The Kanai Tradition of Messianic Judaism

Text by Sophia Siedlberg and edited by Adrian Worsfold

It is commonly understood that there were three main groups of early Christians. The earliest and most primitive believers close to Jshua's (pronounced as a sharp Yehoshua; Jesus is the Greek name) stance were the Jewish Christians led by brother James and family; from Paul came the Hellenists; and from them in the same Greek culture came the Gnostics. A common story is that the Jewish Christians were effectively wiped out by the Romans in the Jewish War of 70 CE, allowing the Hellenist Christians to be triumphant and the centre of Christianity move to Rome. The Gnostics were suppressed later.
It is not quite so clear cut. Despite the weakness of the Jewish Christians after 70 CE, and the shift of the centre to Rome, there were still some continuing Jewish Christians. One group was the Kanai, and these still exist, although now in tiny numbers as a result of the Nazis.
Kanai gets its meaning from "Jealous" or "Jealous for Gd" . It may possibly be geographical reference to Canaa and where some Kanai families came from.
The Kanai became some of those Jews who accepted Jshua as Messiah. This, then, is an early, contemporary authentic tradition of Messianic Judaism just after Jshua's death: made different from other Judaism, and not the Christianity of Paul of the Hellenistic strand, and certainly not the later Gnostic.
For the Kanai, Jshua fullfilled, in advance, the Law, enabling others to walk with Gd.
According to European Kanai tradition, the Kanai tradition as a whole began during the time when Judas Maccabees led a Jewish revolt against Antiochus in 164 BCE. Loyalties seem to have changed frequently during the remainer of the Second Temple Era (536 BCE-70 CE), culminating in a radical form of Jewish nationalism. This distanced itself from the Hasmonean dynasty because the Hasmoneans formed alliances with the Herods and Rome. The militant Kanaim appointed their own leaders who went under the genetic title of Eliezar (perhaps a later tradition, however, as historically it seems that significant leaders such as Eliezar ben Ya'ir and Eliezar ben Shimon shared similar qualities, this according to Kanai narratives and those of Josephus). This miltancy developed through these remainder apocalyptic times up until 70 CE when Rome defeated most of the Jewish resistance and took the Temple, and this was when Eliezar ben Ya'ir ordered his followers to commit suicide rather than be captured by the Romans.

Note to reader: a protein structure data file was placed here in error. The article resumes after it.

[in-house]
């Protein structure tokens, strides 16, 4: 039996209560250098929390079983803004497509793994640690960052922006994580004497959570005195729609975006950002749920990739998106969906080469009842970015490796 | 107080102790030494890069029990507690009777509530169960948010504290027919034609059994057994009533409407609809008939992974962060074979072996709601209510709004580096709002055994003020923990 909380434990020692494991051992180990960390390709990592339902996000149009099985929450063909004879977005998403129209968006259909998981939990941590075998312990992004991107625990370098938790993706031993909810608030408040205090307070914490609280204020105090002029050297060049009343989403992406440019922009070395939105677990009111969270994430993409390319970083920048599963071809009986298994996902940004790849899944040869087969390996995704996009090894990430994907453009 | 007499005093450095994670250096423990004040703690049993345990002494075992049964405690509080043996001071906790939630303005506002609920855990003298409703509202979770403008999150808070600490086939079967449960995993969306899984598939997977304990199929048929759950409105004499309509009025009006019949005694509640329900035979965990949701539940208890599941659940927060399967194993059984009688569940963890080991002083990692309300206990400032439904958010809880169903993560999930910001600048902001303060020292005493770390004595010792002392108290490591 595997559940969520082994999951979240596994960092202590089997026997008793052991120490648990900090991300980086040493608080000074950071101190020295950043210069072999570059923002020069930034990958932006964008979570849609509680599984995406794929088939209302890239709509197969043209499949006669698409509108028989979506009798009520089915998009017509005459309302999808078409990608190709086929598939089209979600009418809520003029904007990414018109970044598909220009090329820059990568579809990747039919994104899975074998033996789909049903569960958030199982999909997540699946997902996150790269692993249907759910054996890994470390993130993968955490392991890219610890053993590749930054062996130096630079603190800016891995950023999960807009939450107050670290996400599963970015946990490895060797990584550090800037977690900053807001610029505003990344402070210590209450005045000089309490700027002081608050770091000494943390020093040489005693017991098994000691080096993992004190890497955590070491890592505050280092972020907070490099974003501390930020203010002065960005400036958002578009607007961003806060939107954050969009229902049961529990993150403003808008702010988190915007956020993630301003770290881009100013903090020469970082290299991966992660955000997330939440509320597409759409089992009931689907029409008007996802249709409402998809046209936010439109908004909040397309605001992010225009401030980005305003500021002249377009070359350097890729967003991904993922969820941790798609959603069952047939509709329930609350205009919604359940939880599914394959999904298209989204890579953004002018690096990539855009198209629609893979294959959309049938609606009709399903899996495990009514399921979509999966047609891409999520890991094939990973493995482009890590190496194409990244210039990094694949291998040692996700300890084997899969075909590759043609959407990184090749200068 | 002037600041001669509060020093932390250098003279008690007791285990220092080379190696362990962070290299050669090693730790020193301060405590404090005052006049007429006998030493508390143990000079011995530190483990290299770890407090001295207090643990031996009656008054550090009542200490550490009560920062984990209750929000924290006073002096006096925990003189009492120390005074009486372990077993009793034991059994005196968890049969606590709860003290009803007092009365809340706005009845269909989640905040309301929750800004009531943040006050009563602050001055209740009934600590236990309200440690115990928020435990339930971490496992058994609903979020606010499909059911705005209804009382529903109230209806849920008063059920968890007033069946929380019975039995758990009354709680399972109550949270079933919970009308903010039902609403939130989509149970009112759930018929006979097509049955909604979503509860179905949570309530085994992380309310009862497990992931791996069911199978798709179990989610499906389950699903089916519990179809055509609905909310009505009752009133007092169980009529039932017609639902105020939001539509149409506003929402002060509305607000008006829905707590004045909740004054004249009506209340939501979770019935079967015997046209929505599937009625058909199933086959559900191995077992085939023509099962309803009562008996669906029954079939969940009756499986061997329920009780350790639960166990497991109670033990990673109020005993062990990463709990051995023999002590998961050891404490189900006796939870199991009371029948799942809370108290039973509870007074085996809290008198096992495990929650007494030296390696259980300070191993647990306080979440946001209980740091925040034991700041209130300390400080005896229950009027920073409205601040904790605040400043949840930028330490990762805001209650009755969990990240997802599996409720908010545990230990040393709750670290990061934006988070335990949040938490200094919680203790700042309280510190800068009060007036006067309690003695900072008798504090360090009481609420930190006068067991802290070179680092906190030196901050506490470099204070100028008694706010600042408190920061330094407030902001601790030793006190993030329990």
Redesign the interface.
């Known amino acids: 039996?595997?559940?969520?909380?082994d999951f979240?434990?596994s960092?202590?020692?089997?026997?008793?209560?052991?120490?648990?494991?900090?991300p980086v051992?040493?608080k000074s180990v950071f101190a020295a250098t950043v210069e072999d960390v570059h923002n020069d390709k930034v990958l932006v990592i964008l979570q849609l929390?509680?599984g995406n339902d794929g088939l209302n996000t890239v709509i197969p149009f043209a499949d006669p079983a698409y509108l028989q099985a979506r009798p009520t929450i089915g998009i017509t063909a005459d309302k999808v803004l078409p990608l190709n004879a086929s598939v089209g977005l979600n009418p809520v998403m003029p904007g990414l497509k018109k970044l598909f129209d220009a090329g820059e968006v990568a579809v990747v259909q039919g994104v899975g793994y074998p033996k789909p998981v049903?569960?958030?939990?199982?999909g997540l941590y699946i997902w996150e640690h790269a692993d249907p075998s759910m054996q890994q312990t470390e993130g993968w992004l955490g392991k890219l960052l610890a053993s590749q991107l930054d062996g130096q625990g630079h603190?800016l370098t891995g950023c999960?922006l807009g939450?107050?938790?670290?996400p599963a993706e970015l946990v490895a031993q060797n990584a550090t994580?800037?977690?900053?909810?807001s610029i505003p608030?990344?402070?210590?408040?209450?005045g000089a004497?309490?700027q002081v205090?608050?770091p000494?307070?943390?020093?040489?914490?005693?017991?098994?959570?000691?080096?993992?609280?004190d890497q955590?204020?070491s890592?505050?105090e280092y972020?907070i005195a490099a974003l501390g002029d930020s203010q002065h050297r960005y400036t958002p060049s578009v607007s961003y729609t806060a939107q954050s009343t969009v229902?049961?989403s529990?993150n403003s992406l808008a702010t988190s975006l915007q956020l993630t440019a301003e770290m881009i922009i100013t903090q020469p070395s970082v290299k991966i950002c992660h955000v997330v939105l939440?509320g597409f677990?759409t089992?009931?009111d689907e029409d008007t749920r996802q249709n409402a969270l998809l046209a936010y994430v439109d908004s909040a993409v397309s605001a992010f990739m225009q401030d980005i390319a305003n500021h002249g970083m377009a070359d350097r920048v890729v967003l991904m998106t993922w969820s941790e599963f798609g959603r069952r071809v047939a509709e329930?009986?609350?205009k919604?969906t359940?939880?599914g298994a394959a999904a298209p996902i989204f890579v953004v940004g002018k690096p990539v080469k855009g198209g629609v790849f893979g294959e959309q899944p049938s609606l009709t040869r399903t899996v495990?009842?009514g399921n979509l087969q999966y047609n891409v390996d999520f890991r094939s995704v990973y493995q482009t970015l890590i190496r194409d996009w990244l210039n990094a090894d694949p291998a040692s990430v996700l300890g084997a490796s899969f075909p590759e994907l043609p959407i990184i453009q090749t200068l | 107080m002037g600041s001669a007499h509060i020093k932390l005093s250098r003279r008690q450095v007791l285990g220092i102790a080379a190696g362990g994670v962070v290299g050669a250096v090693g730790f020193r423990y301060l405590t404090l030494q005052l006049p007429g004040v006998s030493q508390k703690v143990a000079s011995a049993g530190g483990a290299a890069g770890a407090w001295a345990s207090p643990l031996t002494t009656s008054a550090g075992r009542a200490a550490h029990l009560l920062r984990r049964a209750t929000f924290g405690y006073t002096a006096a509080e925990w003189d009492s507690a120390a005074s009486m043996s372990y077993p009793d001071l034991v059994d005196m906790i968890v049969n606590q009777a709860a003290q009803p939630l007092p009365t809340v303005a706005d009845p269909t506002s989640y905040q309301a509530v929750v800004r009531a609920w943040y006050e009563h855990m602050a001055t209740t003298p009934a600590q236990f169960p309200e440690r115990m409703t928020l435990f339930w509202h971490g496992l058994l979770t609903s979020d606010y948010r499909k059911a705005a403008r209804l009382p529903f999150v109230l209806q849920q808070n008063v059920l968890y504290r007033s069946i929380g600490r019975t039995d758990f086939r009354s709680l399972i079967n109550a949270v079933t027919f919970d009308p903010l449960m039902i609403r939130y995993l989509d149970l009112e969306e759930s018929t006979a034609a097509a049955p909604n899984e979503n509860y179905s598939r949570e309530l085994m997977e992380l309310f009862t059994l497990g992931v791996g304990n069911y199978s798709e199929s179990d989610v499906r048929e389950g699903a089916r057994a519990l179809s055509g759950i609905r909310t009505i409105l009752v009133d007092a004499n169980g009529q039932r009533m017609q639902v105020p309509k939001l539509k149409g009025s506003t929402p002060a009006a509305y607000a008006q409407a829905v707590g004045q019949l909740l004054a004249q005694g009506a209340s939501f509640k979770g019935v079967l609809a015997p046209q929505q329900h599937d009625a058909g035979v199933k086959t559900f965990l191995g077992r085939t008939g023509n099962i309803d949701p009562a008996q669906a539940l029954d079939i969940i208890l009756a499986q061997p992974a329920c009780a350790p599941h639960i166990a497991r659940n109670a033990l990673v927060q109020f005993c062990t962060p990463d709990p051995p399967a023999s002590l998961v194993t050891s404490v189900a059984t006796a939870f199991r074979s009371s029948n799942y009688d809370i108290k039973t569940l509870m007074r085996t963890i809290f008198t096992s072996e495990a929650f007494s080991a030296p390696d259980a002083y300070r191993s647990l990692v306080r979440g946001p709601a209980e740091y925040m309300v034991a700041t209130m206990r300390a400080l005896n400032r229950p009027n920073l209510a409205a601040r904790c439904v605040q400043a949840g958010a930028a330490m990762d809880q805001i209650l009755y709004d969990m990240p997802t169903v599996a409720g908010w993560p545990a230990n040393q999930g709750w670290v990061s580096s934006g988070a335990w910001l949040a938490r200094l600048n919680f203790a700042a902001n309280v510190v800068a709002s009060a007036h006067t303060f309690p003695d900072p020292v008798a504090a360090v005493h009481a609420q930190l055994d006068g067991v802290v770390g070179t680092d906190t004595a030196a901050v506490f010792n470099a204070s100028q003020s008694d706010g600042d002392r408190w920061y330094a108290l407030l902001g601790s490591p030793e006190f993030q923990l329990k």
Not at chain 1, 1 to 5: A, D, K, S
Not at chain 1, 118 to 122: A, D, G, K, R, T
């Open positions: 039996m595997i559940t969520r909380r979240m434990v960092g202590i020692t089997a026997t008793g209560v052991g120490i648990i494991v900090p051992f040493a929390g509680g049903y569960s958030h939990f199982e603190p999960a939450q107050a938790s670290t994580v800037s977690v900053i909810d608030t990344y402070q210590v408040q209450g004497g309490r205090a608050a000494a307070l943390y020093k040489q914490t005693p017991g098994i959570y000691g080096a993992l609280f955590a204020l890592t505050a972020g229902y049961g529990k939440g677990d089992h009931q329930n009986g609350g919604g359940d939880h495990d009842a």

The militant origins of the Kanai were evident even when Jshua preached in Galilee. At that time they fought Rome using guerrilla tactics. Jshua then was seen not as a religious messianic figure but rather as some potential leader of a revolt. This is briefly mentioned in the gospels. However, Jshua himself took on a path to martyrdom, reflecting Isaiah's Suffering servant perspective. Jshua's movement was different from the radical sect of Eliezar ben Ya'ir.